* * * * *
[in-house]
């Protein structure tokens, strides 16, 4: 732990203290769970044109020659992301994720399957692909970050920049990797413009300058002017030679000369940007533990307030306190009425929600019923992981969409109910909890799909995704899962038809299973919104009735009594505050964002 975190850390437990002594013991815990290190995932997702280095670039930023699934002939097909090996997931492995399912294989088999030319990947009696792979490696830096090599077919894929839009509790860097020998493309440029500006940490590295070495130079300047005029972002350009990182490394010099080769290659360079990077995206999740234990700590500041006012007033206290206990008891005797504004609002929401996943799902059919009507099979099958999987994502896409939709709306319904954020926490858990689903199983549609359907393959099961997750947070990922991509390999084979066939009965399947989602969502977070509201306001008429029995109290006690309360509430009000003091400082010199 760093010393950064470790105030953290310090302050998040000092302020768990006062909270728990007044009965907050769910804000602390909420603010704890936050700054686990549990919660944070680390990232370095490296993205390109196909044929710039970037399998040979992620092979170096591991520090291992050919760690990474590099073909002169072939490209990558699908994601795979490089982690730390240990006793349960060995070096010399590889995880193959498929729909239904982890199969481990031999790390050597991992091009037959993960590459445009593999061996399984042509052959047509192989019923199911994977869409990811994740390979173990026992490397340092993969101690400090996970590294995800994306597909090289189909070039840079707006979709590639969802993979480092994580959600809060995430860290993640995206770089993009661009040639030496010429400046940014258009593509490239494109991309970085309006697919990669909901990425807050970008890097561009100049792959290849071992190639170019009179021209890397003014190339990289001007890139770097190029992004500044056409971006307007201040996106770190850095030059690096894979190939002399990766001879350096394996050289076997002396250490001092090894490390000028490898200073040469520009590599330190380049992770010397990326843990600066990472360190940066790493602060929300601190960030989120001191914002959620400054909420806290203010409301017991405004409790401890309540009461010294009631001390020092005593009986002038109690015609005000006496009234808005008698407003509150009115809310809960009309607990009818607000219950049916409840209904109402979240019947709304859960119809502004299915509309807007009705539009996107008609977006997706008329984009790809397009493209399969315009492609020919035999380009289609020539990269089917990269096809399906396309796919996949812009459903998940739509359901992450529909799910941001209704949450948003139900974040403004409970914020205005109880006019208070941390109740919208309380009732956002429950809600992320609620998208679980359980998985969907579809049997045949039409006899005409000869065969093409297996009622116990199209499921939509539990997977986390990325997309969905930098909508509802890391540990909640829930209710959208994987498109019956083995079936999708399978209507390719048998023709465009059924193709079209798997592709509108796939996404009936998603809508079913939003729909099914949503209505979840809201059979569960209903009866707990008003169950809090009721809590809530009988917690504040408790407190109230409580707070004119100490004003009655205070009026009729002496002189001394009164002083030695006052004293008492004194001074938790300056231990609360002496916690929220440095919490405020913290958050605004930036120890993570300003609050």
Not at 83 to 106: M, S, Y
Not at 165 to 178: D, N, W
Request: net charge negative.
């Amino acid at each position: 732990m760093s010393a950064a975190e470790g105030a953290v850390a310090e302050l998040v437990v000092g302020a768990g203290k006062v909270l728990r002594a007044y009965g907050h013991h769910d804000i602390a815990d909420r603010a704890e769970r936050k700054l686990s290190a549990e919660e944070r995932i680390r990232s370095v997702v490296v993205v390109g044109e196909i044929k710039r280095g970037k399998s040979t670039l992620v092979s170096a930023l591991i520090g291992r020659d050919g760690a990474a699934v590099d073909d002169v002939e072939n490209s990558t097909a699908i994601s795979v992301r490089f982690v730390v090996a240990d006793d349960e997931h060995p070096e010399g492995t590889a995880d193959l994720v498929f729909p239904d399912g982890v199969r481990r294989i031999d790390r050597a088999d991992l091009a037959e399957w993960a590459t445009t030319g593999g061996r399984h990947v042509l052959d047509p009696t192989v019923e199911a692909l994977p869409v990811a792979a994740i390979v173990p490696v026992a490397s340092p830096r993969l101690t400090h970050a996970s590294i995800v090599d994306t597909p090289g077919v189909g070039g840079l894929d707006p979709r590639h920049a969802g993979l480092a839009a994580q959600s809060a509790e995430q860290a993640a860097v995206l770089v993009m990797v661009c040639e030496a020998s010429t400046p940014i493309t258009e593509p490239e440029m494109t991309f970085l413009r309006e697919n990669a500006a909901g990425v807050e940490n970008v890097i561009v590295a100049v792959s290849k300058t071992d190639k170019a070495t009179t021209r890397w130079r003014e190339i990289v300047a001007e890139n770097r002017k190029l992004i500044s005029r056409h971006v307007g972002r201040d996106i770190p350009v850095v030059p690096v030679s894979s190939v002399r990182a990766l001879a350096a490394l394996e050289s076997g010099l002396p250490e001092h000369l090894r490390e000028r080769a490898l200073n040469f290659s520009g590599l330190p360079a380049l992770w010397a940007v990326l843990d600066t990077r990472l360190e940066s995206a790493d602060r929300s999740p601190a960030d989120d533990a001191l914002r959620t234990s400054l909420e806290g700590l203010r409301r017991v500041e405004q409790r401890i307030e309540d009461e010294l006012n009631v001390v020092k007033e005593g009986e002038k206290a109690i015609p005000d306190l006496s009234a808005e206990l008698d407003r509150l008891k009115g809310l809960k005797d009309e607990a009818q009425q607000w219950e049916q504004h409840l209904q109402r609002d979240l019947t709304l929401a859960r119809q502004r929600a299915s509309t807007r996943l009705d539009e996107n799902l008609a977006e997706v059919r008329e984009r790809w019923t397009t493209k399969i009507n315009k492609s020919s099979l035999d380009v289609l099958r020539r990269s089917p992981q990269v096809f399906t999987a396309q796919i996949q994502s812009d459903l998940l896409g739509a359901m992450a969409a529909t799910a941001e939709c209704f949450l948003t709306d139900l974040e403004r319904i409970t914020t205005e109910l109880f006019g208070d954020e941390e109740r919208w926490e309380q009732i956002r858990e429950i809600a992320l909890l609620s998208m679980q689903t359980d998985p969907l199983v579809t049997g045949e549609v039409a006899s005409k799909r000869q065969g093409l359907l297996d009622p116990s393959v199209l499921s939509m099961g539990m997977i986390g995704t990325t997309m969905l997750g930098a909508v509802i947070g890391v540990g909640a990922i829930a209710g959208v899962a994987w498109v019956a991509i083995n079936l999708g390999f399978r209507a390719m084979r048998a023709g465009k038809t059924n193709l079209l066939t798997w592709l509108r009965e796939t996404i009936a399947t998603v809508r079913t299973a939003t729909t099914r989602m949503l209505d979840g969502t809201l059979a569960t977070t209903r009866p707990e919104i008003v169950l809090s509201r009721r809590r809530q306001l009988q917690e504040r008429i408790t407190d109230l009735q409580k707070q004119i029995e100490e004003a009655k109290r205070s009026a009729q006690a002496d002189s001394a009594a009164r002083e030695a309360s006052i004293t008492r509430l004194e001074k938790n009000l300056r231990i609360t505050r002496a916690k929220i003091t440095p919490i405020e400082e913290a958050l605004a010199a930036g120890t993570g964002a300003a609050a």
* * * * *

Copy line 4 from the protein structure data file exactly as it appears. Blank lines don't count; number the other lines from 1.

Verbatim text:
Not at 165 to 178: D, N, W